diy code hosting with gitea and

Posted on
Updated on
1346 words, 7 minute read

Setting the Scene

Inspired by the Give Up Github campaign, I recently decided I wanted to spin up my own instance of Gitea. There are free (as in beer), free (as in freedom), public instances of Gitea and other FOSS-leaning code forges, but self-hosted Gitea struck me as a nice way to take even a bit more ownership over my own code.

I maintain a small PC running in my home as a server for a few services running via Proxmox, but I am really dissatisfied with my workflows for managing that box lately (picture SSHing into LXC containers and manually editing systemd configurations... yuck). I recently read a couple of different articles singing the praises of, a platform as a service (PaaS) that replicates most of the good parts of the classic Heroku developer experience. Further enticed by their ample free tier, I took the plunge and created a account.

Getting Started

First things first: in order to interact with, we primarily use the flyctl command line tool. It's available from a variety of sources:

# Nix
nix-shell --packages flyctl
nix-env --install --attr nixpkgs.flyctl

# macOS
brew install flyctl

# Linux + non-Homebrew users
curl -L | sh

# Windows users
iwr -useb | iex

flyctl can handle signing up for a account if you haven't done that, otherwise you can use it to sign in:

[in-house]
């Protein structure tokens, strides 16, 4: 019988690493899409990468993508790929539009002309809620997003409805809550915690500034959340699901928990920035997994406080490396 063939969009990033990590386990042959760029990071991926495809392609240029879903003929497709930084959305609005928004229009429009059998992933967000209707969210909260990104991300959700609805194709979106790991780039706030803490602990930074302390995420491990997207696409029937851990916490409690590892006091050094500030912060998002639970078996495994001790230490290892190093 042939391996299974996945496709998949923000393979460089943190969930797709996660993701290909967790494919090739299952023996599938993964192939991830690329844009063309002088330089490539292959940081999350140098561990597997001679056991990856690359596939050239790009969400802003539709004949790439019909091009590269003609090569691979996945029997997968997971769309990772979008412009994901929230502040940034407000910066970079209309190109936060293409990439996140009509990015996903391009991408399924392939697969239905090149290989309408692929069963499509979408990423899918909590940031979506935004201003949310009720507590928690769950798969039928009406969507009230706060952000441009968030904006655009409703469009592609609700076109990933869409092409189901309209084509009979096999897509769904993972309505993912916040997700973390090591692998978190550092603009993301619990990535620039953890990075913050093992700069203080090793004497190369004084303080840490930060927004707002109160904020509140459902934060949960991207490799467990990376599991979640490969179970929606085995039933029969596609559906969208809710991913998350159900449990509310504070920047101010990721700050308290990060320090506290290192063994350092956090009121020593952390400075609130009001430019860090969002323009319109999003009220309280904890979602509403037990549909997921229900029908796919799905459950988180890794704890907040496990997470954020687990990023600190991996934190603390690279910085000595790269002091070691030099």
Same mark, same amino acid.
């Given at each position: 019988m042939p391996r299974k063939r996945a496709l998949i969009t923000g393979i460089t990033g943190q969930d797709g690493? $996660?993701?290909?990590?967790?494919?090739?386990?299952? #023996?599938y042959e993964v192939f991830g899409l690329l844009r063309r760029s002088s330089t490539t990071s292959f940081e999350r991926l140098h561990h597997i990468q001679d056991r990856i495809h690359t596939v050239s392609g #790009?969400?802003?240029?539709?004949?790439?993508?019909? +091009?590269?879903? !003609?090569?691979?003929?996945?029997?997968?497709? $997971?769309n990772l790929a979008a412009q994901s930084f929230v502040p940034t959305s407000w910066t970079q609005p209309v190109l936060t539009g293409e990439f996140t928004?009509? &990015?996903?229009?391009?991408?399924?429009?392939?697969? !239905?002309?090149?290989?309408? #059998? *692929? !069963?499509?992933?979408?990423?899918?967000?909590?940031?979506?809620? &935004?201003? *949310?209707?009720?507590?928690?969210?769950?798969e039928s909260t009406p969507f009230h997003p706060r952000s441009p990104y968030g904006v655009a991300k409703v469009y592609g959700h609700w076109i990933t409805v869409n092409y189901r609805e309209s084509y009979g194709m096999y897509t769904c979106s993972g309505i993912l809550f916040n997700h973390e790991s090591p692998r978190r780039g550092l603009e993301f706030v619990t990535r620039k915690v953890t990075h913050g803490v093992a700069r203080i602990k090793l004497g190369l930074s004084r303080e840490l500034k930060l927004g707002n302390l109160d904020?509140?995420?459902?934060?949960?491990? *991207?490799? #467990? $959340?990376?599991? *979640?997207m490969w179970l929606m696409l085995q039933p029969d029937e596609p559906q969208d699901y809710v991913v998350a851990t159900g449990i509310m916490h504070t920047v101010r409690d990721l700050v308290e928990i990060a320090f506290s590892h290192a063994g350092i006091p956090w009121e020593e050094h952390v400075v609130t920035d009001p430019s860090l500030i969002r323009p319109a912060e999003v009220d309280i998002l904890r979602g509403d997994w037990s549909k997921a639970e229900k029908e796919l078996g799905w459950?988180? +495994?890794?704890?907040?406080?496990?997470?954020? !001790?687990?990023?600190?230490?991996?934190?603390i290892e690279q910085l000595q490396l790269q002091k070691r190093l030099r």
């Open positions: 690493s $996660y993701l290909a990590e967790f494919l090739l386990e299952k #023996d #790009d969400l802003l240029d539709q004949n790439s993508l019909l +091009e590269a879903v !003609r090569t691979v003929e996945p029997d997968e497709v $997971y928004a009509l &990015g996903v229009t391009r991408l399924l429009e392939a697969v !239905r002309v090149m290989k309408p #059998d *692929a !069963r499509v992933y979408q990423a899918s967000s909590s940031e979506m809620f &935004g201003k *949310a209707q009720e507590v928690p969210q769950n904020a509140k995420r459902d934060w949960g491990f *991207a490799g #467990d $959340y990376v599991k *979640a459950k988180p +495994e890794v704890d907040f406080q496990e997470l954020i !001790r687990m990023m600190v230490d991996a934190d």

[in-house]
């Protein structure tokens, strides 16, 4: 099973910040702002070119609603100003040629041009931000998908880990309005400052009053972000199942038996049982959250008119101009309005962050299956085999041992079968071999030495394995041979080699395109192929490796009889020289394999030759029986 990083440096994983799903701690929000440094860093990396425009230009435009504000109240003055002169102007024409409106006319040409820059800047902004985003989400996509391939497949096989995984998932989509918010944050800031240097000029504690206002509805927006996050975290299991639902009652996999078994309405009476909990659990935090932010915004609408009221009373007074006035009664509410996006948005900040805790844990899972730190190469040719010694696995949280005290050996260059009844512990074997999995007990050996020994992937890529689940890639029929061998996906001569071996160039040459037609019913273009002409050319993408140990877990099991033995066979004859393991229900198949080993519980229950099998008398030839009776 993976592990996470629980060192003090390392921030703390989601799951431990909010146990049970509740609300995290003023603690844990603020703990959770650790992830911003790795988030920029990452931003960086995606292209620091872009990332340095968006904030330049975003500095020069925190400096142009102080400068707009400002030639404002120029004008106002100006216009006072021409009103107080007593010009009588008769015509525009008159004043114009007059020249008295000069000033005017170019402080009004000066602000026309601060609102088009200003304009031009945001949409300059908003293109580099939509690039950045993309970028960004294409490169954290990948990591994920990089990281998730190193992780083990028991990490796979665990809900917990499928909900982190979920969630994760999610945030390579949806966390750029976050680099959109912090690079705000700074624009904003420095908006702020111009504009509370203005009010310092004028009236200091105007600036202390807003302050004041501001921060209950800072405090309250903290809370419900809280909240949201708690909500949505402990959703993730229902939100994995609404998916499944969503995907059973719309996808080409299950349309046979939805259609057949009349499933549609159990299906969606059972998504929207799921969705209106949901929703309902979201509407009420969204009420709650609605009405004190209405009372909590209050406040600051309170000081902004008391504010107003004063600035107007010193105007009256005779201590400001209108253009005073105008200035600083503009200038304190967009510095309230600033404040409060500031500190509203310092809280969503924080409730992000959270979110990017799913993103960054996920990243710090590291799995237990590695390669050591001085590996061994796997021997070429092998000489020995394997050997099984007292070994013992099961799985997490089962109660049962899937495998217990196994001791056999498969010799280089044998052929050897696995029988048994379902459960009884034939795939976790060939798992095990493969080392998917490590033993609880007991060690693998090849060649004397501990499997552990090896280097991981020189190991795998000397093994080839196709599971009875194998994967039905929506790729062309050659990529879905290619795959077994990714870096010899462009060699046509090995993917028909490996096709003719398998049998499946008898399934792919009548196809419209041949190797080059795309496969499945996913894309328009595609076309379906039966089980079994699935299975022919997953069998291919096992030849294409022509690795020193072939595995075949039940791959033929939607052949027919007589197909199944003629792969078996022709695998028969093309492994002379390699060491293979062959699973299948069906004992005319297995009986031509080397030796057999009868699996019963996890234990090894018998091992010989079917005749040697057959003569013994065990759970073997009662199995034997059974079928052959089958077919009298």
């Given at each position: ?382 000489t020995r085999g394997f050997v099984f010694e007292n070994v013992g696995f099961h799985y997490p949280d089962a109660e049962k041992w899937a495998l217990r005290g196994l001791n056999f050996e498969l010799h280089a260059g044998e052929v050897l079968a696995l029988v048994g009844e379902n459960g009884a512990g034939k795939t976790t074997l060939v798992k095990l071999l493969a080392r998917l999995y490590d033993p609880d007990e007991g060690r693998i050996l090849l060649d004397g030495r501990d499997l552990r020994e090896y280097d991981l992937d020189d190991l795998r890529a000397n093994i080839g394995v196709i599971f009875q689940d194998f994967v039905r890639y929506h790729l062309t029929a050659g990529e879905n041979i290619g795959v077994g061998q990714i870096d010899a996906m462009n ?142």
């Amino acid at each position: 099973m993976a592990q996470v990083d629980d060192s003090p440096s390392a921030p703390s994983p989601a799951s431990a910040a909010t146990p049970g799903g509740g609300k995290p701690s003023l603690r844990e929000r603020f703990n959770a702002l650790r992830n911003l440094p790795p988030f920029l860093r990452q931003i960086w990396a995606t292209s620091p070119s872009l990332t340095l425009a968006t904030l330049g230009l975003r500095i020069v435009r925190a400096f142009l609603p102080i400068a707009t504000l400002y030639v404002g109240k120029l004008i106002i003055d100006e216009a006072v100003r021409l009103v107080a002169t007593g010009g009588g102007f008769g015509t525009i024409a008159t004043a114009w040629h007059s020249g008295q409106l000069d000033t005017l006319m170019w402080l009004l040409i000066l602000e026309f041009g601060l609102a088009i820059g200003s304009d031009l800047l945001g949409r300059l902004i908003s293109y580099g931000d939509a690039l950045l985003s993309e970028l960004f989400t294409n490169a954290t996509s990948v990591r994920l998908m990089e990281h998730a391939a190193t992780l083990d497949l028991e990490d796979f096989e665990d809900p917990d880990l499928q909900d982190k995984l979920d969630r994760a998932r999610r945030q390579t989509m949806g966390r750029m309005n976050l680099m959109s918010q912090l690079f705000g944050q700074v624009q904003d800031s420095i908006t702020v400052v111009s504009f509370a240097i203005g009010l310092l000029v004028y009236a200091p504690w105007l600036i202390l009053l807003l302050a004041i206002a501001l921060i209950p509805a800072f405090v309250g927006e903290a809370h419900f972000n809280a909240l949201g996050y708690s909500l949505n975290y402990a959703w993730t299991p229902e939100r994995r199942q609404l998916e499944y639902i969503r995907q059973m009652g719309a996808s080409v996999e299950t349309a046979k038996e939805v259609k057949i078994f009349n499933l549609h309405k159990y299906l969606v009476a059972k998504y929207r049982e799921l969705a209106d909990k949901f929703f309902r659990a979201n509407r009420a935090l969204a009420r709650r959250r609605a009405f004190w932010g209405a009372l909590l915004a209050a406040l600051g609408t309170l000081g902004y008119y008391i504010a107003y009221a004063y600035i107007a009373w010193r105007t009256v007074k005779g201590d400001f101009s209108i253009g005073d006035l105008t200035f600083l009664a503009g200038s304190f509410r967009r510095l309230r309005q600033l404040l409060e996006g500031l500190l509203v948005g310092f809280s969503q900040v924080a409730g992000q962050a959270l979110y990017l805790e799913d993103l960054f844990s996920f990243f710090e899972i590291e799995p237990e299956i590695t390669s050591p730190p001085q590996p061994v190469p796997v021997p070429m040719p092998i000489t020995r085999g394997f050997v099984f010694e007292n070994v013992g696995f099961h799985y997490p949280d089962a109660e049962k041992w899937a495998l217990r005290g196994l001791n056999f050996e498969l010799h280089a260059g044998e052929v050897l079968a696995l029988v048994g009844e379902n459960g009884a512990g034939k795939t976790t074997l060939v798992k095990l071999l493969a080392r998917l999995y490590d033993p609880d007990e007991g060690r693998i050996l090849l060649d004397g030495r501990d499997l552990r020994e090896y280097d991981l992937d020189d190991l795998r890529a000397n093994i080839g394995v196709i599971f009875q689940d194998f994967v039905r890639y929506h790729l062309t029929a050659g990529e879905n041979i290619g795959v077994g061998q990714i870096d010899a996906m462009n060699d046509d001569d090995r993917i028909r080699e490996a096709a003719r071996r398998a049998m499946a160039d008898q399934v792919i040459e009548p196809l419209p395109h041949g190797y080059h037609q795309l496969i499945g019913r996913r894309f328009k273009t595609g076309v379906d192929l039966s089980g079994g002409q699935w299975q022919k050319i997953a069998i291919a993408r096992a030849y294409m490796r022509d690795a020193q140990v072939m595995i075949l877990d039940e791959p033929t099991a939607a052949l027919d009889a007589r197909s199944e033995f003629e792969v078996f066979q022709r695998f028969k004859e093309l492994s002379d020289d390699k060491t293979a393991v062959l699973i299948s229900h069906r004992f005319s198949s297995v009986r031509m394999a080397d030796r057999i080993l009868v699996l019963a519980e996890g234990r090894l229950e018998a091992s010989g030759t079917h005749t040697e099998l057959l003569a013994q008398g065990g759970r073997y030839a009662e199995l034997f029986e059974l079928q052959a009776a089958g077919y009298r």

# Opens your browser to set up an account
# This step requires a credit card, in the event you exceed the free tier limits
# See for details
flyctl auth signup

# Opens your browser to sign in
flyctl auth login

Configuring Apps with flyctl

In order to avoid even the appearance of disorganization, we'll start off with a git repository for tracking our configurations:

mkdir fly-apps; cd fly-apps
git init
mkdir gitea; cd gitea

Next up, we create our app configuration and register it with flyctl takes care of this for us in a single command, flyctl launch. The command will prompt you interactively for some input, but here we'll just pass some flags directly:

flyctl launch \
  # use the official Gitea docker image \
  --image gitea/gitea:latest \
  # give our instance a unique name, this will be used to generate a development hostname like \
  --name gitea-mat-services \
  # region where the app runs, don't supply this option if you want to interactively choose a region \
  --region ewr \
  # don't immediately deploy, we need to edit our fly.toml first \